Press Releases

Press release, 05/07/2013

A history of censorship
Historian Giorgio Caravale receives the Gerda Henkel Scholarship for the Institute for Advanced Study

Prof. Giorgio Caravale, Professor of Early Modern European History at the University of Roma Tre will soon be conducting his research at the Institute for Advanced Study in Princeton, New Jersey. In collaboration with the Gerda Henkel Foundation, the School of Historical Studies at the Institute for Advanced Study has awarded the historian the Gerda Henkel Fellowship for the 2013-4 academic year. The scholarship from the Gerda Henkel Foundation will thus be supporting Giorgio Caravale’s research project into the impact of Church censorship on Italian culture between the 16th and 18th centuries.

In Italy, from the 16th century onwards there was a great deal of support for the opposition to Rome’s policy of censorship: book sellers and readers, political and civil authorities were joined by philosophers, academics and free spirits, a tradition continued by famous figures from Giordano Bruno through to Giambattista Vico. Their actions were not without repercussions and as of the mid-18th century the ecclesiastical practice of censorship gradually began to weaken. Prof. Giorgio Caravale intends to investigate this historical development further during his research residence at the School of Historical Studies, taking the role of both literate and illiterate parties and their involvement into consideration. As such, his work attempts to provide an answer to the question as to whether the growing chasm between the educated and uneducated segments of the population, which widened dramatically between the 16th and 18th centuries, was an intentionally provoked phenomenon or an unforeseen aftereffect of the Church’s policy of censorship.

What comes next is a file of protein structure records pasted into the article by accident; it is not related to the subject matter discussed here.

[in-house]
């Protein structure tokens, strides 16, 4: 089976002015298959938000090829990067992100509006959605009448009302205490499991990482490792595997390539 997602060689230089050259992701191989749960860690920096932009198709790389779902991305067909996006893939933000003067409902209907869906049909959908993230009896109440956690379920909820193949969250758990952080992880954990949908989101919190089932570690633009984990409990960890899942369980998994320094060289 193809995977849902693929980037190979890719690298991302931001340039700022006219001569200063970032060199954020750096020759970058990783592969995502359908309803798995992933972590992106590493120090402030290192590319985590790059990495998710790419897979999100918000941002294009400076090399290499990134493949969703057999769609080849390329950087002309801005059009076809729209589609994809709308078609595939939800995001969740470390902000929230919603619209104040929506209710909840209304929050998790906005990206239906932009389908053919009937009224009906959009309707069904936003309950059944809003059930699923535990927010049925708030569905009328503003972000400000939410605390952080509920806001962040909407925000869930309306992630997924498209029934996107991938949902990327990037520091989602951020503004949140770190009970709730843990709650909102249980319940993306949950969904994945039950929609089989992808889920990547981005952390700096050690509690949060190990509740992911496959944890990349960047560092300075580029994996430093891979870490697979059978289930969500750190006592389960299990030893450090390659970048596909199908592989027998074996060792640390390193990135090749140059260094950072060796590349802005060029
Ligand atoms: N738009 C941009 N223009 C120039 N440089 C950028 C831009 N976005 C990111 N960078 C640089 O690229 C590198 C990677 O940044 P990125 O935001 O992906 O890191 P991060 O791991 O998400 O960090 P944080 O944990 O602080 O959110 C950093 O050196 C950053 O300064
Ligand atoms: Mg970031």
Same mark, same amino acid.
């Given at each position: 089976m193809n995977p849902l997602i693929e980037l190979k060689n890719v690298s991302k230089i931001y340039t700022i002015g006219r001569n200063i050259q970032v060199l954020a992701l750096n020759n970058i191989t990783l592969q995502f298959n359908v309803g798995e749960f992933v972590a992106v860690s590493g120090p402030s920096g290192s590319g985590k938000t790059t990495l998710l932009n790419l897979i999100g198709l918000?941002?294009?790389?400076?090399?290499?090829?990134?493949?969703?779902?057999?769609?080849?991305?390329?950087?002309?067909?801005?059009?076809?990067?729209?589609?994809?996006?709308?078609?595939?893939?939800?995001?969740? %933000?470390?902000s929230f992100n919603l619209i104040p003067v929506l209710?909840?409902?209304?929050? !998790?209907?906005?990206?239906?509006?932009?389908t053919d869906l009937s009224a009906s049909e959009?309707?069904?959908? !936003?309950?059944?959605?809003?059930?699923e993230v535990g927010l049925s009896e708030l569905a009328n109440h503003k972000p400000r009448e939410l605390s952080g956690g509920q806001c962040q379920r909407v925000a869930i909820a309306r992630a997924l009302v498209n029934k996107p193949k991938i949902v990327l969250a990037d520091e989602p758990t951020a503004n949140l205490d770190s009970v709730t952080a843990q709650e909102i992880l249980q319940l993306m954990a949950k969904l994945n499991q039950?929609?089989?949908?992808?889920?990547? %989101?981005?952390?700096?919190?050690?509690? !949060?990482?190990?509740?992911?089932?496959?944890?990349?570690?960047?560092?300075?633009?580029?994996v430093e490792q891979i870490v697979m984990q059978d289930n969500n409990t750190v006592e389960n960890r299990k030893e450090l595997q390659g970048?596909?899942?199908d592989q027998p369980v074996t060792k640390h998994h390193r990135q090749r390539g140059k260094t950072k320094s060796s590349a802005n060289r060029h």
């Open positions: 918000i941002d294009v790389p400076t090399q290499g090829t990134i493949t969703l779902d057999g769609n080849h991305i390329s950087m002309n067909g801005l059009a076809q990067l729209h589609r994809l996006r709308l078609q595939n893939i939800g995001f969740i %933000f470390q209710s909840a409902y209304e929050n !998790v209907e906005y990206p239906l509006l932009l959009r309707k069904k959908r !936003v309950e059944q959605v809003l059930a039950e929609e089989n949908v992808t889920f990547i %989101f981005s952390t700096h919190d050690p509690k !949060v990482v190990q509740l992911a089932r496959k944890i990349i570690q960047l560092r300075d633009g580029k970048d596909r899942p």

Prof. Giorgio Caravale, born in Rome in 1973, studied Political Sciences and History at La Sapienza University in Rome, where he also received his PhD in History in 2000. After periods spent at, amongst others, Harvard University (Cambridge, Massachusetts) and Columbia University in New York, he was offered a professorship at the Roma Tre University in Rome in 2007. He is the author of several books, including: “Forbidden Prayer. Church Censorship and Devotional Literature in Renaissance Italy”, Farnham 2011 (ital. Florence 2003). His book “The Disarmed Prophet. Francesco Pucci’s Heresy in Sixteenth Century Europe” (ital. Bologna 2011) will be published in 2013.

The Gerda Henkel Foundation was established in Düsseldorf in 1976 by Lisa Maskell (1914 - 1998) in memory of her mother Gerda Henkel. The sole purpose of the Foundation is the support of academic projects. Since 1993,the Foundation has been working together with the Institute for Advanced Study in Princeton to award scholarships for a research residence at the Institute’s School of Historical Studies.

Gerda Henkel Stiftung:
Dr. Sybille Wüstemann
Tel.: +49 (0)211/936524 0